More than half a million Australians are visually impaired or blind. Australians over the age of 65 account for over 70 percent of individuals with vision problems as well as 15 percent with actual blindness. However, most of these cases are preventable and can still be treated.
The Ramifications of Losing One’s Vision
Your vision is your most important sense when it comes to interacting with the outside world. It allows you to navigate through obstacles and function with relative independence. Losing any of your other senses would not have the same impact as losing your vision, especially when it comes to being able to function on your own. Vision-loss affects your overall mobility; moving around becomes problematic, not to mention driving a vehicle. The lack of visual stimuli exposes you to more dangers and increases your chances of injury. Every step becomes less sure, and every obstacle becomes a hazard. Losing your vision also means losing access to digital technology — whether it’s on your phone, tablet, or computer. A loss in vision will impact Even your access to entertainment. Movies and television shows can have subtitles for the deaf, but there are no comparable measures for the blind.
Aging and the Eyes
Unlike traumatic eye injury — which can easily be prevented by wearing eye protection or safety glasses — vision-loss due to aging is a lot more complicated. Aging makes it more likely for your eyes to have refracting errors, cataracts, and age-related macular degeneration (AMD). Being retired, those over the age of 65 don’t take vision-loss as seriously and may delay or forgo the necessary treatment to correct or minimize their vision-loss. Refracting errors and cataracts get progressively worse without treatment. Diabetes-related vision problems and chronic exposure to UV also factors that primarily affect those over 65.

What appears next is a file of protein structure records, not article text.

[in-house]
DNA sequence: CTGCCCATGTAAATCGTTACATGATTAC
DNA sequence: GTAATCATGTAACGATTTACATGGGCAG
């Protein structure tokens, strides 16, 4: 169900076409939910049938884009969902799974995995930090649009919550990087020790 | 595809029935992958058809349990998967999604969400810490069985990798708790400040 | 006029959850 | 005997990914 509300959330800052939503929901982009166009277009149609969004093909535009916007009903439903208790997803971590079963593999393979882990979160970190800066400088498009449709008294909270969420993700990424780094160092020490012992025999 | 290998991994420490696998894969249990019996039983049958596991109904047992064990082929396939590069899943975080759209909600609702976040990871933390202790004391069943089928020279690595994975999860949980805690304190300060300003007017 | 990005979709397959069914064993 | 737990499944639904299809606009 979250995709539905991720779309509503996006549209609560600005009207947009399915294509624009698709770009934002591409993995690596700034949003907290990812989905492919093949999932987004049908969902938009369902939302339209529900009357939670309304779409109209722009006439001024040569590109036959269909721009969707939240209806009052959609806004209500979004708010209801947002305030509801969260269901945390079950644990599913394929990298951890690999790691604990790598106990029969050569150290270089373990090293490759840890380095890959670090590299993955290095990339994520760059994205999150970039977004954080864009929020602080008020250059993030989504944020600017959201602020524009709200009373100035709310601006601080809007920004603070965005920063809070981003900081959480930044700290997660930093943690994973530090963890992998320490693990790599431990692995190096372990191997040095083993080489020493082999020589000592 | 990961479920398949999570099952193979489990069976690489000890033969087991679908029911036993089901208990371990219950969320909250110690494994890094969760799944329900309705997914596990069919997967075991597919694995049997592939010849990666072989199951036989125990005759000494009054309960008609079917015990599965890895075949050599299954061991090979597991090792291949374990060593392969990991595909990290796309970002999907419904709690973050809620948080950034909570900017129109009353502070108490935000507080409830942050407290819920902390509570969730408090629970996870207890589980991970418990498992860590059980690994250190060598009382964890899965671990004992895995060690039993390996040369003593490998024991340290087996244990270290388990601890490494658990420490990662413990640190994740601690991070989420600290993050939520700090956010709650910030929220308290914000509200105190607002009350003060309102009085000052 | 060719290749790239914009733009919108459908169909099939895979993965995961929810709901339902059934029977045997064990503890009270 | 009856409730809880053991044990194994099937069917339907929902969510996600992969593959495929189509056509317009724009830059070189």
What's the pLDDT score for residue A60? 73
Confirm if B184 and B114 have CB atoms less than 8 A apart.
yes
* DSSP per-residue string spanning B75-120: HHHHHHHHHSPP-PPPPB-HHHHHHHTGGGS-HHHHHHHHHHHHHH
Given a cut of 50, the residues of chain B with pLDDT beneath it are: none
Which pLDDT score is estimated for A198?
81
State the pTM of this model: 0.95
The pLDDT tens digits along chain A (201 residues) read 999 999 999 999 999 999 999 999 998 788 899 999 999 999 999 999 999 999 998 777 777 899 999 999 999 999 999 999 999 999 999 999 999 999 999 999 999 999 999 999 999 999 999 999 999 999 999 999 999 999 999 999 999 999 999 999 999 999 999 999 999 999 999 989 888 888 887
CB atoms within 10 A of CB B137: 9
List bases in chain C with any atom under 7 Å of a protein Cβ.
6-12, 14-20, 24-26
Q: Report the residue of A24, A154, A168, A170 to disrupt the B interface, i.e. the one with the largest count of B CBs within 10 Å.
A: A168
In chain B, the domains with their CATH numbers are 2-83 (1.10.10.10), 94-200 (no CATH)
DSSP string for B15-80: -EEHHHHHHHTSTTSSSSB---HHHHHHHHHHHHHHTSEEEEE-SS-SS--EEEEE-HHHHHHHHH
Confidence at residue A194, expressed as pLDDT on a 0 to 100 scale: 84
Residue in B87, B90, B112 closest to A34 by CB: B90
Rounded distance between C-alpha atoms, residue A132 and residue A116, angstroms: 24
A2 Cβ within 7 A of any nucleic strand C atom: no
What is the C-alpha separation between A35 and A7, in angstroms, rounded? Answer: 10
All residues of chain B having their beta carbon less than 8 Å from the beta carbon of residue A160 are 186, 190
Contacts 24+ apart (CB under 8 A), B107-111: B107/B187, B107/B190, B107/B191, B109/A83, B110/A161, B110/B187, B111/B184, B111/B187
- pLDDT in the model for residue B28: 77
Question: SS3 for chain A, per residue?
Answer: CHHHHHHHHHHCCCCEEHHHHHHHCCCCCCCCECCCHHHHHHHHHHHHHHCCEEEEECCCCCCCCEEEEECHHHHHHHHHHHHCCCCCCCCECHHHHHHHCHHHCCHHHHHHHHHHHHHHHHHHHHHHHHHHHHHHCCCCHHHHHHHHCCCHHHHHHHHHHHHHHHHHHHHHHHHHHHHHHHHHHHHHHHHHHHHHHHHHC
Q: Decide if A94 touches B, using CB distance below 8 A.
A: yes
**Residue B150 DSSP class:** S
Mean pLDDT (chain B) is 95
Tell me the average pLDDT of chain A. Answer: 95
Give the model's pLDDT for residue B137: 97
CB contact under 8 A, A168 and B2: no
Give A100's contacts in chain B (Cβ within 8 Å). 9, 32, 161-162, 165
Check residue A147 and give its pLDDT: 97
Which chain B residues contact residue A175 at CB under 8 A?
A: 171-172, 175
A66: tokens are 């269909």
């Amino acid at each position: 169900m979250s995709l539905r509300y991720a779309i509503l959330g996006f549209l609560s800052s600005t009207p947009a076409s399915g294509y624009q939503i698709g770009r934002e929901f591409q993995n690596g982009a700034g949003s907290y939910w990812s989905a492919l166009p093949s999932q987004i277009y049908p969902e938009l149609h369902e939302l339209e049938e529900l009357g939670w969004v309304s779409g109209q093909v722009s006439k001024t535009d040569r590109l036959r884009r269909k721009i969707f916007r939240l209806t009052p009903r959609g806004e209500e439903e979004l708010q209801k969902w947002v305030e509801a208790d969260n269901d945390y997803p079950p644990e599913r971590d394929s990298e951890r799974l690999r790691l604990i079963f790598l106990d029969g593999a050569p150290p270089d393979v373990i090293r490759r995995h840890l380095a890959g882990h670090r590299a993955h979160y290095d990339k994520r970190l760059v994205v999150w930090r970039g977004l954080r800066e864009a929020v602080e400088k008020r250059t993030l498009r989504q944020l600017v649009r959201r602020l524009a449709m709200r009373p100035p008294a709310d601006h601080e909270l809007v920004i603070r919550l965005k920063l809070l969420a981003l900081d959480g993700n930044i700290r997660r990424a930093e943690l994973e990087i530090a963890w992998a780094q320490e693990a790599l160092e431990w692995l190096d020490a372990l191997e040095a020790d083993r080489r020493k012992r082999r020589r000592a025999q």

Age-related Macular Degeneration
Refraction errors and cataracts can be treated. There are still no treatments available for macular degeneration, but there are ways to minimize your risk of developing it or at least delay its onset.
1. Stop smoking or better yet, don’t start at all. Smoking increases your risk of developing AMD by as much as 500 percent.
2. Wear shades. Chronic exposure to UV radiation can also have adverse effects on your eyes, and Australia is one of the worst places when it comes to UV radiation.
3. Watch your Diet. Obesity leads to a slew of problems like diabetes and high blood pressure. A BMI of over 30 or a high concentration of fat in your body makes you 2.5 times more likely to lose your sight to AMD.
4. Exercise. The cells in your macula degenerate and die if your retinas receive too little oxygen. Exercise improves your blood flow, allowing rich oxygen to flow through your body.
More and more Australians are losing their vision, but the majority of those suffering from vision-loss can still be treated. Don’t wait until you can’t see the words that you’re reading right now. Have yourself checked and get the right treatment for your eyes.